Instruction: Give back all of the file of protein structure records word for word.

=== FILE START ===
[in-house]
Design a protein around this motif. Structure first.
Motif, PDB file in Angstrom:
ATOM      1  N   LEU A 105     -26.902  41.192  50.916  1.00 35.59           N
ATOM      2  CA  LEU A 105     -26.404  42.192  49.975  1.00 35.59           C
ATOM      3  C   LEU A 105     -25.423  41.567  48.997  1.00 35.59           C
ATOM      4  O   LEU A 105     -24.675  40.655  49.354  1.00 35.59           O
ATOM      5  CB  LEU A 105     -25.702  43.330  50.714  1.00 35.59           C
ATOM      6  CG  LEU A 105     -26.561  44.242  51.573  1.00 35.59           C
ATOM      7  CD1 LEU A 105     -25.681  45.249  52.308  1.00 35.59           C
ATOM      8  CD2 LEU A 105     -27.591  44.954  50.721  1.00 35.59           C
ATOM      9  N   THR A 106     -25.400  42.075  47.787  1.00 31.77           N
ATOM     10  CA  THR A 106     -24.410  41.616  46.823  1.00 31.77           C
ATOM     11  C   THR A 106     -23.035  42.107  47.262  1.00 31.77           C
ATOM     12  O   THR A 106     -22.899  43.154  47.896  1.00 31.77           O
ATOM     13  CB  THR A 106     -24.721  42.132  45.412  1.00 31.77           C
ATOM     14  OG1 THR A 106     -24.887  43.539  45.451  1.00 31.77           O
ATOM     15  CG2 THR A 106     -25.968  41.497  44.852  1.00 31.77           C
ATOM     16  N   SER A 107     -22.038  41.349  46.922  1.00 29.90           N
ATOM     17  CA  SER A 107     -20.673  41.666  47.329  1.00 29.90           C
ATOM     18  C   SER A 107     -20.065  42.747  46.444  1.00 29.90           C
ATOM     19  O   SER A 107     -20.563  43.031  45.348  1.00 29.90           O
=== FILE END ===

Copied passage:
[in-house]
Design a protein around this motif. Structure first.
Motif, PDB file in Angstrom:
ATOM      1  N   LEU A 105     -26.902  41.192  50.916  1.00 35.59           N
ATOM      2  CA  LEU A 105     -26.404  42.192  49.975  1.00 35.59           C
ATOM      3  C   LEU A 105     -25.423  41.567  48.997  1.00 35.59           C
ATOM      4  O   LEU A 105     -24.675  40.655  49.354  1.00 35.59           O
ATOM      5  CB  LEU A 105     -25.702  43.330  50.714  1.00 35.59           C
ATOM      6  CG  LEU A 105     -26.561  44.242  51.573  1.00 35.59           C
ATOM      7  CD1 LEU A 105     -25.681  45.249  52.308  1.00 35.59           C
ATOM      8  CD2 LEU A 105     -27.591  44.954  50.721  1.00 35.59           C
ATOM      9  N   THR A 106     -25.400  42.075  47.787  1.00 31.77           N
ATOM     10  CA  THR A 106     -24.410  41.616  46.823  1.00 31.77           C
ATOM     11  C   THR A 106     -23.035  42.107  47.262  1.00 31.77           C
ATOM     12  O   THR A 106     -22.899  43.154  47.896  1.00 31.77           O
ATOM     13  CB  THR A 106     -24.721  42.132  45.412  1.00 31.77           C
ATOM     14  OG1 THR A 106     -24.887  43.539  45.451  1.00 31.77           O
ATOM     15  CG2 THR A 106     -25.968  41.497  44.852  1.00 31.77           C
ATOM     16  N   SER A 107     -22.038  41.349  46.922  1.00 29.90           N
ATOM     17  CA  SER A 107     -20.673  41.666  47.329  1.00 29.90           C
ATOM     18  C   SER A 107     -20.065  42.747  46.444  1.00 29.90           C
ATOM     19  O   SER A 107     -20.563  43.031  45.348  1.00 29.90           O